[A.M. No. MTJ-05-1587. April 15, 2005]




This administrative case arose when a Complaint-Affidavit dated 31 May 2004 of Pilar Barredo-Fuentes, Lourdes J. Estrellado, Clarita Estrellado-Mainar and Florenda Estrellado-Diaz (complainants) charged Judge Romeo C. Albarracin (respondent judge) of MTCC, Branch 3, Davao City, with Gross Ignorance of the Law and/or Procedure and Grave Abuse of Discretion. The charges refer to respondent judges acting on an Urgent Ex-Parte Motion without hearing and without the motion served on the complainants.[1] The Urgent Ex-Parte Motion sought the issuance of an order specifically directing Sheriff Aguinaldo Del Campo to enforce the writ of execution and special writ of demolition, including the demolition of defendants buildings and other improvements filed by plaintiffs in the following cases:

(1) Special Civil Case No. 6, 298-C-98 entitled Heirs of Dr. Jovito S. Francisco, et al. v. Pilar E. Barredo-Fuentes for Forcible Entry;

(2) Special Civil Case No. 6, 297-C-98 entitled JS Franciso and Sons, Inc. v. Nicolas Estrellado and Narcisa Trono-Estrellado for Forcible Entry; and

(3) Special Civil Case No. 6, 296-C-98 entitled JS Francisco & Sons, Inc. v. Lourdes J. Estrellado for Forcible Entry.

As gleaned from the complaint, complainants are the defendants in the aforementioned cases. After trial on the forcible entry cases, judgments were rendered in favor of the plaintiffs. Thus, complainants filed with the Regional Trial Court (RTC) of Davao City a petition for annulment of judgments under Rule 47 of the Revised Rules of Court. The case was raffled to RTC Branch 13 and is pending resolution.[2]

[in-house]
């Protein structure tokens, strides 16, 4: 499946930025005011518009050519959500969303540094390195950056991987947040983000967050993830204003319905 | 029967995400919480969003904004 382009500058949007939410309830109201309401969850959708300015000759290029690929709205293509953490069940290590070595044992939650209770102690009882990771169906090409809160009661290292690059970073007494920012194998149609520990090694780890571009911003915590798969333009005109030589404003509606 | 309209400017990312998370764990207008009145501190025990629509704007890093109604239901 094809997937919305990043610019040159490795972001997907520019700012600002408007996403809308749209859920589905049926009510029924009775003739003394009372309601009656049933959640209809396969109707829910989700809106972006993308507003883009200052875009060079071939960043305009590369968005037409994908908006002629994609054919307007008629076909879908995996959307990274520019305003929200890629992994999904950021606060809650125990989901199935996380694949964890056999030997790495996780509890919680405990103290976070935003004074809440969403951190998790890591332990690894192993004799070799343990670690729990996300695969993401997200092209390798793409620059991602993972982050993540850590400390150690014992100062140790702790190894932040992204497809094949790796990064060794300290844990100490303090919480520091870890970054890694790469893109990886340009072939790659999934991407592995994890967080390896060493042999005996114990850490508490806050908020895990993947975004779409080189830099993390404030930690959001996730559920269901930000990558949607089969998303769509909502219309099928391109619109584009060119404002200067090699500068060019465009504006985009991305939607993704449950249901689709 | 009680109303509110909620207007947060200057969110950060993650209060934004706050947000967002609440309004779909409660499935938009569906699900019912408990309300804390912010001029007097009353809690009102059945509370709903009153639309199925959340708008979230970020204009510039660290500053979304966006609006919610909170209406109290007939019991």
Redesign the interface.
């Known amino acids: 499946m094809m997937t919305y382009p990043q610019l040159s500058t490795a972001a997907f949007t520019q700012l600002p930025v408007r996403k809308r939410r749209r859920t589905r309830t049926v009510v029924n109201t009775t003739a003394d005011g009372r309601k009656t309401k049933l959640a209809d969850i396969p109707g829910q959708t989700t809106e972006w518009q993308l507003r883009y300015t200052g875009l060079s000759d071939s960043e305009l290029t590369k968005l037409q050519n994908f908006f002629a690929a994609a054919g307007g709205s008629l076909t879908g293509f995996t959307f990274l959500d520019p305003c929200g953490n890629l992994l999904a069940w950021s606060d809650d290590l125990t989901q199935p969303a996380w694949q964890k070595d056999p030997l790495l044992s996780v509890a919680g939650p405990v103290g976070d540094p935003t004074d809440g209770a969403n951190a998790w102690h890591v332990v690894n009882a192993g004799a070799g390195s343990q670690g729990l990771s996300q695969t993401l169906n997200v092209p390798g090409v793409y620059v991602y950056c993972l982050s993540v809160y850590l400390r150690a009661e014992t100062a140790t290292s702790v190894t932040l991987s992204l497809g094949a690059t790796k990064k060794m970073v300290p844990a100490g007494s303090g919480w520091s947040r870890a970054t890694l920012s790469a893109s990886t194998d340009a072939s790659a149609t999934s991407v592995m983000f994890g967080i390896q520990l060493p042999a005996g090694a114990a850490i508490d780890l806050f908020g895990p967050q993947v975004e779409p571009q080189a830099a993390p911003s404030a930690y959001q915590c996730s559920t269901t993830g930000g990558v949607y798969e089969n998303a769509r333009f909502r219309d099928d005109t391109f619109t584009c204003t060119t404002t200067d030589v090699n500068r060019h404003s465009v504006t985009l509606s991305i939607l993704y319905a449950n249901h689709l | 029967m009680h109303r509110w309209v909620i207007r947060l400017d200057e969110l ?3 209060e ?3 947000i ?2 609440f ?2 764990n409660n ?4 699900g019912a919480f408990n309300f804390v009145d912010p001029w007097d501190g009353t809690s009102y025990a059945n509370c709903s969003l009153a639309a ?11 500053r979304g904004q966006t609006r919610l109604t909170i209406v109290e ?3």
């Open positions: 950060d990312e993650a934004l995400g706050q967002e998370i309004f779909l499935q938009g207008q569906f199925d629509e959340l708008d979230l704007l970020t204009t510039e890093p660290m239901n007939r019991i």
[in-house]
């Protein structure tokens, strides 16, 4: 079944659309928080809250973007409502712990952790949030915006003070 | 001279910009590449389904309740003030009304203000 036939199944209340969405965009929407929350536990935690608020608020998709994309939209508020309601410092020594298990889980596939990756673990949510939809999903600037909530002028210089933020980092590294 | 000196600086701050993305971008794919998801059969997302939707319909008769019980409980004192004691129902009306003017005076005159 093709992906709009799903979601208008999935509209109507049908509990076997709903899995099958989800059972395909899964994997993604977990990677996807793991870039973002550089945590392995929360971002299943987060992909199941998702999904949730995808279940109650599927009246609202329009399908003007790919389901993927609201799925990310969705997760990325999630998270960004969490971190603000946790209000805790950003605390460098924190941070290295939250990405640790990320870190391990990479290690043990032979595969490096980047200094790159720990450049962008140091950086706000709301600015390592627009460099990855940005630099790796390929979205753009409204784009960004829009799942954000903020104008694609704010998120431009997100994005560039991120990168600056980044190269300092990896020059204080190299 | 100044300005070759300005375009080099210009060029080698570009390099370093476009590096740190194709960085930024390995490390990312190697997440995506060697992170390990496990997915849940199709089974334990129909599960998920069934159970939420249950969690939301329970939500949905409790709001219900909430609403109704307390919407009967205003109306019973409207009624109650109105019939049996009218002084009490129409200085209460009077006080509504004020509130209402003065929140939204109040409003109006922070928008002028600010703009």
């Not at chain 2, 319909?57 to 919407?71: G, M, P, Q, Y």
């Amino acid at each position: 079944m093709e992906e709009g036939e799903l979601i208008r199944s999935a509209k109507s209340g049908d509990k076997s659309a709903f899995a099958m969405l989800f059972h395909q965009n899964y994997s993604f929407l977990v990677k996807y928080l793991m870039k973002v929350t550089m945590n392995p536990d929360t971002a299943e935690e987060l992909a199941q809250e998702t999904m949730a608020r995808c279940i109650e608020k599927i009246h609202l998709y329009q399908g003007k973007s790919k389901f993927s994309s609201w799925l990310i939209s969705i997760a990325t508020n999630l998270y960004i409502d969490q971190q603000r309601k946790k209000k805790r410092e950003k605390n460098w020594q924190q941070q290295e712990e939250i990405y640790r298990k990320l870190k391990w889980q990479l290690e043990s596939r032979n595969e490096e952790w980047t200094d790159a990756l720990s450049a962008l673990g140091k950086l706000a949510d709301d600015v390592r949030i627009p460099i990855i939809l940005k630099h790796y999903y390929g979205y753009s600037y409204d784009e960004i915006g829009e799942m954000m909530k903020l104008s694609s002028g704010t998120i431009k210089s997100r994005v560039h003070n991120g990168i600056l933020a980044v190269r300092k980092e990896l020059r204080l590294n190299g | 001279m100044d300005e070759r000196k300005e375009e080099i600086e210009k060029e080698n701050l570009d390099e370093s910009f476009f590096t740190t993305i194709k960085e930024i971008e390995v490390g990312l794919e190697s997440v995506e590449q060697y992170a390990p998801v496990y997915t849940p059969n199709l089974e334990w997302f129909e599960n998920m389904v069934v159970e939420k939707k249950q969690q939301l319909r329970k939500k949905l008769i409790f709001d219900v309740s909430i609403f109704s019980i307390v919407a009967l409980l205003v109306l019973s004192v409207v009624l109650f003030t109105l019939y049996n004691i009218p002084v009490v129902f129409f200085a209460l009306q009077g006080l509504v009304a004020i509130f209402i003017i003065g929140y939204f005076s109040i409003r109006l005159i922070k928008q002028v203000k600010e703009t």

On 4 March 2004, respondent judge issued a writ of demolition despite the pendency of the case for annulment of judgments. Complainants requested respondent judge to await the result of the annulment of judgments case. Respondent judge, however, still issued the questioned writ of demolition. This prompted complainants to file a petition for prohibition to restrain respondent judge from further acting on the subject cases during the pendency of the case for annulment of judgments. During the pendency of the petition, respondent judge, after notice and hearing, issued three (3) separate writs of execution and special writs of demolition on 30 April 2004 relative to the subject cases.[3]

On 20 May 2004, the plaintiffs in the ejectment cases filed the aforementioned Urgent Ex-Parte Motion. Complainants aver that they were not served a copy of the motion. Neither was the motion set for hearing in violation of Sections 5 and 6 of Rule 15 of the Revised Rules of Court. Respondent judge, however, still granted the motion, an act which allegedly constituted gross ignorance of the law and procedure.[4]